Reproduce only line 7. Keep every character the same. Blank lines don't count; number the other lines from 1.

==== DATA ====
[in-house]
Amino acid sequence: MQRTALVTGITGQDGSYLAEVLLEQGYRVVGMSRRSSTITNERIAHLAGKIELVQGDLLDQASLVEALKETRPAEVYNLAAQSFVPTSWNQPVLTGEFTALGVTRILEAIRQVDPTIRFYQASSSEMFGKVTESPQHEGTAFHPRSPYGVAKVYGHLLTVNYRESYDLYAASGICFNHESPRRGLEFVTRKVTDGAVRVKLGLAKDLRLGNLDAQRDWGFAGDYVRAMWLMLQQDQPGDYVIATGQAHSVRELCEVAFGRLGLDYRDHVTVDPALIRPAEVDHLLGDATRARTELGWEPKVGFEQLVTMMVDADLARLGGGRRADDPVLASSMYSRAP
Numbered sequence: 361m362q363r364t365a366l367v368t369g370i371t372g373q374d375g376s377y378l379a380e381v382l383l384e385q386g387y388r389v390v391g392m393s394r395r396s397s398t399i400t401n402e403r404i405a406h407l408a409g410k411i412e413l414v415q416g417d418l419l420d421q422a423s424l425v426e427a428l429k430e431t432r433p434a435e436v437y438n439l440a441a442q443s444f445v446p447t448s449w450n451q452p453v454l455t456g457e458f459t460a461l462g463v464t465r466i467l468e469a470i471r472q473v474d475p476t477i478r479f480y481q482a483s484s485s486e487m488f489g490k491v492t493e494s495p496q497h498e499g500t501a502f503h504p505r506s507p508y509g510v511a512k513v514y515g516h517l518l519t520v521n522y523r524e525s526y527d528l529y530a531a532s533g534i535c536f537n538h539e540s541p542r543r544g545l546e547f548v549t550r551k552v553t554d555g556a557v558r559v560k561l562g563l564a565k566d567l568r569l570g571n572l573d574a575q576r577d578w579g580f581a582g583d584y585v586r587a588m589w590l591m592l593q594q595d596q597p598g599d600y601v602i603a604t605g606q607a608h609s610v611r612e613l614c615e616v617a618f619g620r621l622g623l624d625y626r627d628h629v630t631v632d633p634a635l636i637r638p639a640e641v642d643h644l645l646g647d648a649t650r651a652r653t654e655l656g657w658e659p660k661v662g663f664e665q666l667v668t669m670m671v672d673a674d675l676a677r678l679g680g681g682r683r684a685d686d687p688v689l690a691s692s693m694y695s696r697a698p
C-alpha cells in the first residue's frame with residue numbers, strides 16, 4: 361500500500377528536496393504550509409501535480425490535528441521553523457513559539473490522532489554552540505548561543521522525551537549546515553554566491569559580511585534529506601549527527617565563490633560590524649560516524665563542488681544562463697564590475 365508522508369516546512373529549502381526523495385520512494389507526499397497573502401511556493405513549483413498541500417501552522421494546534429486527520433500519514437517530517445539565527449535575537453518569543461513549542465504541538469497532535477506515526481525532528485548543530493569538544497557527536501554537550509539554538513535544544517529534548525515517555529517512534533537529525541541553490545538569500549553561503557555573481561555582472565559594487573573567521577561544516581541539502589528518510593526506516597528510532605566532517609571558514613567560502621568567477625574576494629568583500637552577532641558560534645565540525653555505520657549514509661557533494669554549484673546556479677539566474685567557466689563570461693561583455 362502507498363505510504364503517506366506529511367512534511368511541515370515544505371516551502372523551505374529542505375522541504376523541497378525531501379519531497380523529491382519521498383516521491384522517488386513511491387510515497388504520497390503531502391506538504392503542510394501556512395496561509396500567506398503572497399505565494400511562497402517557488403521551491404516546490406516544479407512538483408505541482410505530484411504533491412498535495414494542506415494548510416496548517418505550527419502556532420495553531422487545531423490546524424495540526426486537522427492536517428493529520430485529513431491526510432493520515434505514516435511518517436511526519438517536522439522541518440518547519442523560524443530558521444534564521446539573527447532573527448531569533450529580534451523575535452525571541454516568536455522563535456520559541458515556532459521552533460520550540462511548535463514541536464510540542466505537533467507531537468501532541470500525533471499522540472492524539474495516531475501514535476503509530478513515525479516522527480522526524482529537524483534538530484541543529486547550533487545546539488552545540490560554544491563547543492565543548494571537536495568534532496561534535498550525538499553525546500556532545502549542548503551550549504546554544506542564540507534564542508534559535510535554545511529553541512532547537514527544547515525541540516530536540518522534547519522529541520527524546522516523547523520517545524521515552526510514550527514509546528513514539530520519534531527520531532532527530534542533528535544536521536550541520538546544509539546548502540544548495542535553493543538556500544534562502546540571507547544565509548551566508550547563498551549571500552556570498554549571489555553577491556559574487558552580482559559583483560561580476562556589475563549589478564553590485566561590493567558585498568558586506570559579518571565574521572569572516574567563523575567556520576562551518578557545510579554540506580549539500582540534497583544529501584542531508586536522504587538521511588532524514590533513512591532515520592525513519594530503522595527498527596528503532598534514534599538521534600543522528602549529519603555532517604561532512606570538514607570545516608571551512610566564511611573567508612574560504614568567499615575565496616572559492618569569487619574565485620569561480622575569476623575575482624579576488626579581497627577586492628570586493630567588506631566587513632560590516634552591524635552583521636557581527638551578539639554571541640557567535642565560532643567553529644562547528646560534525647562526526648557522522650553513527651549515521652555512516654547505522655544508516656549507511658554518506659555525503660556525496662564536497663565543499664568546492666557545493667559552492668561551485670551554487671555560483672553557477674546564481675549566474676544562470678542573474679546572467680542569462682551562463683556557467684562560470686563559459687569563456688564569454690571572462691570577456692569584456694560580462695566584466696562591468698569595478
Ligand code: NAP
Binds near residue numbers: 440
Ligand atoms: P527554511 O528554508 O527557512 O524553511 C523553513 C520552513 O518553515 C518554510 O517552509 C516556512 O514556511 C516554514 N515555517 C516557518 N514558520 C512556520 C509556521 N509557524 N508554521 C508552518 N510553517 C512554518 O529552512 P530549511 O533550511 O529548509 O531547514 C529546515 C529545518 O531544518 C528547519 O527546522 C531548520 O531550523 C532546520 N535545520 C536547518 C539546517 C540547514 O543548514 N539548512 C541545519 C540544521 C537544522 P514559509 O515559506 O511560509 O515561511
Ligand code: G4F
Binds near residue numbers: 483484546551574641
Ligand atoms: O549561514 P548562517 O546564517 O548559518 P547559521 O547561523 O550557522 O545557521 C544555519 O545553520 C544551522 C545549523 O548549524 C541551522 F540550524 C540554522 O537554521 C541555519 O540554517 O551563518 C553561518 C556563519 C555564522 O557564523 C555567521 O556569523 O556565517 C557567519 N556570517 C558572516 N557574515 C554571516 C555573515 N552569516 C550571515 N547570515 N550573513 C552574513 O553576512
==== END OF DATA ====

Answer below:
Ligand atoms: P527554511 O528554508 O527557512 O524553511 C523553513 C520552513 O518553515 C518554510 O517552509 C516556512 O514556511 C516554514 N515555517 C516557518 N514558520 C512556520 C509556521 N509557524 N508554521 C508552518 N510553517 C512554518 O529552512 P530549511 O533550511 O529548509 O531547514 C529546515 C529545518 O531544518 C528547519 O527546522 C531548520 O531550523 C532546520 N535545520 C536547518 C539546517 C540547514 O543548514 N539548512 C541545519 C540544521 C537544522 P514559509 O515559506 O511560509 O515561511